I tried looking on Google, but there are some fairly contradictory results.

I thought I'd ask you guys so we could get an authoritative answer on the subject!

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    You wouldn't say five zero when referring to "00000". Your example is of the plural form of comment. – Doctor Jones Oct 26 '12 at 8:20
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    If I Google "zeroes", I get the definition for the verb "zero", for which it claims "zeroes" is the third person present tense. If I were writing something using both words, I think I personally would use "zeros" for the plural and "zeroes" for the verb - e.g. "when he zeroes the counter, the digits all change to zeros". – mwfearnley Oct 20 '14 at 4:21
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    You won't say twos comments either for two comments. Plurality added to the subject – sohaiby Aug 26 '15 at 9:33
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    I'd say nohat's example should be one zero, zero zeroes. You can then clearly see that zero is not already plural. – Doctor Jones Aug 26 '15 at 11:57
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    I guess we're mixing up two things: the plural form of the word "zero" itself, and the value of the cardinal number '0', that is, whether the succeeding word is singular or plural. Indeed, 1 car, 2 cars, but also 0 cars. – MC Emperor Jun 9 '16 at 7:12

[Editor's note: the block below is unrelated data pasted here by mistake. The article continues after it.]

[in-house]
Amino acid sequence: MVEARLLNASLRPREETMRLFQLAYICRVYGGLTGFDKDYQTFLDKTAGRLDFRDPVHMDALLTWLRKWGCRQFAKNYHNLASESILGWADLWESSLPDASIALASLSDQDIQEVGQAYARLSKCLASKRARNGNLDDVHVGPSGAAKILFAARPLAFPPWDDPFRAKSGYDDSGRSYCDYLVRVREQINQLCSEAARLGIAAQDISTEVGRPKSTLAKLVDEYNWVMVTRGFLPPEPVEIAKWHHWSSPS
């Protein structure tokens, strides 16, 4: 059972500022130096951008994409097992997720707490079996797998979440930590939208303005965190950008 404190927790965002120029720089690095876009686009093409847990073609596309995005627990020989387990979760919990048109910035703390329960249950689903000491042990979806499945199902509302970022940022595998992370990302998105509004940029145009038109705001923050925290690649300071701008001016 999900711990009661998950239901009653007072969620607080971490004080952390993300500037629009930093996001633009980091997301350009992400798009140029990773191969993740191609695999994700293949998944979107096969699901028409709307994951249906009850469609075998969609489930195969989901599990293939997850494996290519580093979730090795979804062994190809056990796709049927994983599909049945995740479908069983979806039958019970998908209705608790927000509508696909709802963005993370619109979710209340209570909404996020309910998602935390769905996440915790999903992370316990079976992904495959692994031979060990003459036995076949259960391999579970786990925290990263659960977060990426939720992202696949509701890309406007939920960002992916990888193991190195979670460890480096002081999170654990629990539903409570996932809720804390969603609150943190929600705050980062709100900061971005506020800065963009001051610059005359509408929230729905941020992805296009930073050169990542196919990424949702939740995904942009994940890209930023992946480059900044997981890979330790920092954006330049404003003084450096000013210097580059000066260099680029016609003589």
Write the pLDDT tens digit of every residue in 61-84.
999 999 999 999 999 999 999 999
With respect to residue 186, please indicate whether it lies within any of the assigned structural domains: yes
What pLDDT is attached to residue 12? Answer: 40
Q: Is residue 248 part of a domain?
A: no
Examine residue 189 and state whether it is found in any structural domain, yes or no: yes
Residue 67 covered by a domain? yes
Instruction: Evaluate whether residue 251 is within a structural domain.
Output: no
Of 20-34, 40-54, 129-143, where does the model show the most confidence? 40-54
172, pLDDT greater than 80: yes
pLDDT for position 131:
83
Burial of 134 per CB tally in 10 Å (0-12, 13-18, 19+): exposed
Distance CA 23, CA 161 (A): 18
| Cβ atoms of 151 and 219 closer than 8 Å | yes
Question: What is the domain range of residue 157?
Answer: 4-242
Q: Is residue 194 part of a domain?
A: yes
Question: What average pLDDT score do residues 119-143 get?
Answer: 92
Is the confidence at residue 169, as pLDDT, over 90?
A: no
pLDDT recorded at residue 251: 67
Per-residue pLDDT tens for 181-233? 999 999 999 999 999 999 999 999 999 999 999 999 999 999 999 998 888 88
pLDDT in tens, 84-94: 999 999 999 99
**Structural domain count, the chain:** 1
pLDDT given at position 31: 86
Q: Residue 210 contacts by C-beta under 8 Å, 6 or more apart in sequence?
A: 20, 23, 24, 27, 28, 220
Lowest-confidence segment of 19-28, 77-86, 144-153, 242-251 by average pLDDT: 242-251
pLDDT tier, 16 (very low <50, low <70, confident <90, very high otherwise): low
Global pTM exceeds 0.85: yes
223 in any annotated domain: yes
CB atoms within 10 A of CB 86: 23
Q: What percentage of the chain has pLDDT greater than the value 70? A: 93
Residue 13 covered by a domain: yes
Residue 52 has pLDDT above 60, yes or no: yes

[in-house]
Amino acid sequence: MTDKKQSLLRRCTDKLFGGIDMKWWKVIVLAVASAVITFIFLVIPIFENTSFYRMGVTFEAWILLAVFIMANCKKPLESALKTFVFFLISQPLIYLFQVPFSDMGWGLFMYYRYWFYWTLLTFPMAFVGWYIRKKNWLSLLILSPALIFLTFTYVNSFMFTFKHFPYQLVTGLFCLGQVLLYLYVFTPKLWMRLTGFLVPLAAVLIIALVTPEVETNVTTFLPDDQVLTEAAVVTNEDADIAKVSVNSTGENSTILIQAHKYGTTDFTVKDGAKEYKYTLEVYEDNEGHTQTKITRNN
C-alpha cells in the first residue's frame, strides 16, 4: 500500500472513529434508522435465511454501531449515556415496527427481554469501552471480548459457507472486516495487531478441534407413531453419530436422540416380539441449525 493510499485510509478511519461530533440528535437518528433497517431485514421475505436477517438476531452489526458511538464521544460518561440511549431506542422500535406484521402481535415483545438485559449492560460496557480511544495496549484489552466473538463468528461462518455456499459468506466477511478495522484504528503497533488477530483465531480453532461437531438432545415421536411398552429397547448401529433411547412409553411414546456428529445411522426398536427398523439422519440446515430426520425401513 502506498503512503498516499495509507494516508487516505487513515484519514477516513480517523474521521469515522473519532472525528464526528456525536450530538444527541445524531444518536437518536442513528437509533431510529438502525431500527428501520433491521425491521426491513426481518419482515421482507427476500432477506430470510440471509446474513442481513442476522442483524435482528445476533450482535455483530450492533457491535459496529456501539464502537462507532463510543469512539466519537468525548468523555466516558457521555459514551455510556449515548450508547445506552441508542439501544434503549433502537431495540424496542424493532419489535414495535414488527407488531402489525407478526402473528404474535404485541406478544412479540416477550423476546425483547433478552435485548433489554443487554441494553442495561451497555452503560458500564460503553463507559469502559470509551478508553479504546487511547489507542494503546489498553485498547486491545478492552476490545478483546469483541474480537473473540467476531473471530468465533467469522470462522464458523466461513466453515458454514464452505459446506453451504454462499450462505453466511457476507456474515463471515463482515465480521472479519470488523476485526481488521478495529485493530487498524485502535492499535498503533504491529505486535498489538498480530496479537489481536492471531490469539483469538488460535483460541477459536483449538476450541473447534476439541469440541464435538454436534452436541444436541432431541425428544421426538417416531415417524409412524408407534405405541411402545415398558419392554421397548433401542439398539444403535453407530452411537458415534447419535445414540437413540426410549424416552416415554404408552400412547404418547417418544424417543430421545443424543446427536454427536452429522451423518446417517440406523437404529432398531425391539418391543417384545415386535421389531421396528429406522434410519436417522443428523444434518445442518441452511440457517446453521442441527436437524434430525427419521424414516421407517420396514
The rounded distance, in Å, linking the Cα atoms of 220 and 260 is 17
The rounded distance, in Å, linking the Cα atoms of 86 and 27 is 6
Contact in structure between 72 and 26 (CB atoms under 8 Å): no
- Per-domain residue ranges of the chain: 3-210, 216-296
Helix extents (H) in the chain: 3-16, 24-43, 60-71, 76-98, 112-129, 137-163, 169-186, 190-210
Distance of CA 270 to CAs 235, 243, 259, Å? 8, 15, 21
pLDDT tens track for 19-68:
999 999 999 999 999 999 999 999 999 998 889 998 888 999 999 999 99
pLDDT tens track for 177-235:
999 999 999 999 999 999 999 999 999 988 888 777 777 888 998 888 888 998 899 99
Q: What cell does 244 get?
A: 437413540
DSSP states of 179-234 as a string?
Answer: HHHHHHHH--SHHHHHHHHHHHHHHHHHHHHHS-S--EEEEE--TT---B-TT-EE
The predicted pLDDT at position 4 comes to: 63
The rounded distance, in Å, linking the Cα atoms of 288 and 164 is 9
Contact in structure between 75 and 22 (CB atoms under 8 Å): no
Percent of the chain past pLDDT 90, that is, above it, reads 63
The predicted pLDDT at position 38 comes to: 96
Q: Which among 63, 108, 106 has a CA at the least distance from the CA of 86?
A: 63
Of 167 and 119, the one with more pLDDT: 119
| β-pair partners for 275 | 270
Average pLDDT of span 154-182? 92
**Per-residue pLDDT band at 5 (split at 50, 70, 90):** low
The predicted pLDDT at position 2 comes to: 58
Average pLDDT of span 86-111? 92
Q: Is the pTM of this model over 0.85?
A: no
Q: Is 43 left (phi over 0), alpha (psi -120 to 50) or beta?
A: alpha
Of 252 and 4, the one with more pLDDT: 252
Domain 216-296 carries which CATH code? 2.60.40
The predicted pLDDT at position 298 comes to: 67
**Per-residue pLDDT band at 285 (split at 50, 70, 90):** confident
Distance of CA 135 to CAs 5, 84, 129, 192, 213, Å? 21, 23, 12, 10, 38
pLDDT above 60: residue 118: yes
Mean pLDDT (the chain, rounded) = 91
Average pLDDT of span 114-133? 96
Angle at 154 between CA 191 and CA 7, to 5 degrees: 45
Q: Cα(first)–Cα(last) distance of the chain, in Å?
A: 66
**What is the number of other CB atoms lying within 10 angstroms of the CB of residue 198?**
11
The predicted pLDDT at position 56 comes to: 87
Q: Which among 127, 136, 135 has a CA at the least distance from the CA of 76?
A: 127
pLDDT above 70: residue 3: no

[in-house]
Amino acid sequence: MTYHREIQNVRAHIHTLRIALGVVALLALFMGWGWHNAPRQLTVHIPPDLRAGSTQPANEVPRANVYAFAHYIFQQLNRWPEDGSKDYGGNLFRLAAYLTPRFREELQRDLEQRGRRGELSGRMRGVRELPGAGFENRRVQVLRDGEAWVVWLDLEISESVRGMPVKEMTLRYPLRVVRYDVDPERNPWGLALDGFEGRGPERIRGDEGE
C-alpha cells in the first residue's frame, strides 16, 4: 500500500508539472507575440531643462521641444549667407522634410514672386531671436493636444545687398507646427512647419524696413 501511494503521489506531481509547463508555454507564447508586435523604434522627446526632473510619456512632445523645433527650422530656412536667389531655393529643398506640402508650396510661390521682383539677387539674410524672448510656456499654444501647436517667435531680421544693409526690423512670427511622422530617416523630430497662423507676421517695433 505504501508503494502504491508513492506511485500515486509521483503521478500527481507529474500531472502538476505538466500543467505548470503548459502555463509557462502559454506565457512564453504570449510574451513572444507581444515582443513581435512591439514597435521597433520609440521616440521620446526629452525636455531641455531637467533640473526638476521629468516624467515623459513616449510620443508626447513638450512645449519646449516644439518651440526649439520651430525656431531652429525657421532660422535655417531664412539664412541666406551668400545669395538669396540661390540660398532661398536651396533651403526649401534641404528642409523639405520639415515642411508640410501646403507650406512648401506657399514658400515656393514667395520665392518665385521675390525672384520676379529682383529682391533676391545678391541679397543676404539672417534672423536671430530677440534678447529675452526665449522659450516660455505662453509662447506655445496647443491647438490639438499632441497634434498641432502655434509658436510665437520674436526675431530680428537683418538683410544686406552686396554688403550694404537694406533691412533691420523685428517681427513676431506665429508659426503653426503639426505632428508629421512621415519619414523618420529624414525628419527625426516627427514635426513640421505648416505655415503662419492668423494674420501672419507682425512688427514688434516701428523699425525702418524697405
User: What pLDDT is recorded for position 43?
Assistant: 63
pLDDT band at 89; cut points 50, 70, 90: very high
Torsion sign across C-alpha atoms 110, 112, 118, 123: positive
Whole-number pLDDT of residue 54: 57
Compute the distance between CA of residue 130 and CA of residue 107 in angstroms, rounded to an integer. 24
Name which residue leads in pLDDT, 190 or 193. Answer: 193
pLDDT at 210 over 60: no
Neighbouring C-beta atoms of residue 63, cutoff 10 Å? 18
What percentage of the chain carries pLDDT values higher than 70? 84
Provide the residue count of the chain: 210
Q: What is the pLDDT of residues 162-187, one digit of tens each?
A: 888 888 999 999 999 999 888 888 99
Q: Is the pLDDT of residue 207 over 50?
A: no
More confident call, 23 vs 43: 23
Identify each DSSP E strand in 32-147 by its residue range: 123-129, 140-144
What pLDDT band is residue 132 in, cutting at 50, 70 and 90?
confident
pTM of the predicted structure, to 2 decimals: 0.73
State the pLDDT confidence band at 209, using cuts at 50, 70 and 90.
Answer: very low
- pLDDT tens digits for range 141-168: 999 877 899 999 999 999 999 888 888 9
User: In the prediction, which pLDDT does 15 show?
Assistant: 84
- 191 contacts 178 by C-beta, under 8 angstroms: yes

Both zeros and zeroes are acceptable, see e.g. Merriam-Webster, Wiktionary or TheFreeDictionary.

The usage stats from the Corpus of Contemporary American English (COCA) and the British National Corpus (BNC) look as follows:

              COCA   BNC

zeros          312   132    
zeroes.[n]     106     5    

So in practice zeros is preferred in the US and even more so in the UK, though citations for zeroes include such prominent examples as Stephen Hawking's Brief History of Time. (Mr Hawking is British, but the book was first published by an American publishing house.) The oldest citation for zeroes in the BNC is from 1978. The Corpus of Historical American English has six citations that are even older, the oldest one being from 1914.